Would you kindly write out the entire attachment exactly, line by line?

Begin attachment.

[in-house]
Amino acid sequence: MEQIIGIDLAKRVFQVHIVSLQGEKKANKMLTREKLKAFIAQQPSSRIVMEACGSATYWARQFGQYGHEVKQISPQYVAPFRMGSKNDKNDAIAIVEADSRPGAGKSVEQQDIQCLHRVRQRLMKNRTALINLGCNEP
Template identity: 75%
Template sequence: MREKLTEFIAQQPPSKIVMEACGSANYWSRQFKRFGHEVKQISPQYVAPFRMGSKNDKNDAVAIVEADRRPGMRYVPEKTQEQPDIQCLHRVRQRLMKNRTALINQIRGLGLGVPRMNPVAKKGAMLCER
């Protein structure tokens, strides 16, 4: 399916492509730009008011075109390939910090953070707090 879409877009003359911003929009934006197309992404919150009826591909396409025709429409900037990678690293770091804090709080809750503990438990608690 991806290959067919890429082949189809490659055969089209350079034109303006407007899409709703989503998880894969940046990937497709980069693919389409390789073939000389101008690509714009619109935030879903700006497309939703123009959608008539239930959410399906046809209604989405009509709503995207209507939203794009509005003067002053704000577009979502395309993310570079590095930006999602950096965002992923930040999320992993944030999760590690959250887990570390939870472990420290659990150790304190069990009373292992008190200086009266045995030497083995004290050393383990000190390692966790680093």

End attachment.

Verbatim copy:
[in-house]
Amino acid sequence: MEQIIGIDLAKRVFQVHIVSLQGEKKANKMLTREKLKAFIAQQPSSRIVMEACGSATYWARQFGQYGHEVKQISPQYVAPFRMGSKNDKNDAIAIVEADSRPGAGKSVEQQDIQCLHRVRQRLMKNRTALINLGCNEP
Template identity: 75%
Template sequence: MREKLTEFIAQQPPSKIVMEACGSANYWSRQFKRFGHEVKQISPQYVAPFRMGSKNDKNDAVAIVEADRRPGMRYVPEKTQEQPDIQCLHRVRQRLMKNRTALINQIRGLGLGVPRMNPVAKKGAMLCER
């Protein structure tokens, strides 16, 4: 399916492509730009008011075109390939910090953070707090 879409877009003359911003929009934006197309992404919150009826591909396409025709429409900037990678690293770091804090709080809750503990438990608690 991806290959067919890429082949189809490659055969089209350079034109303006407007899409709703989503998880894969940046990937497709980069693919389409390789073939000389101008690509714009619109935030879903700006497309939703123009959608008539239930959410399906046809209604989405009509709503995207209507939203794009509005003067002053704000577009979502395309993310570079590095930006999602950096965002992923930040999320992993944030999760590690959250887990570390939870472990420290659990150790304190069990009373292992008190200086009266045995030497083995004290050393383990000190390692966790680093």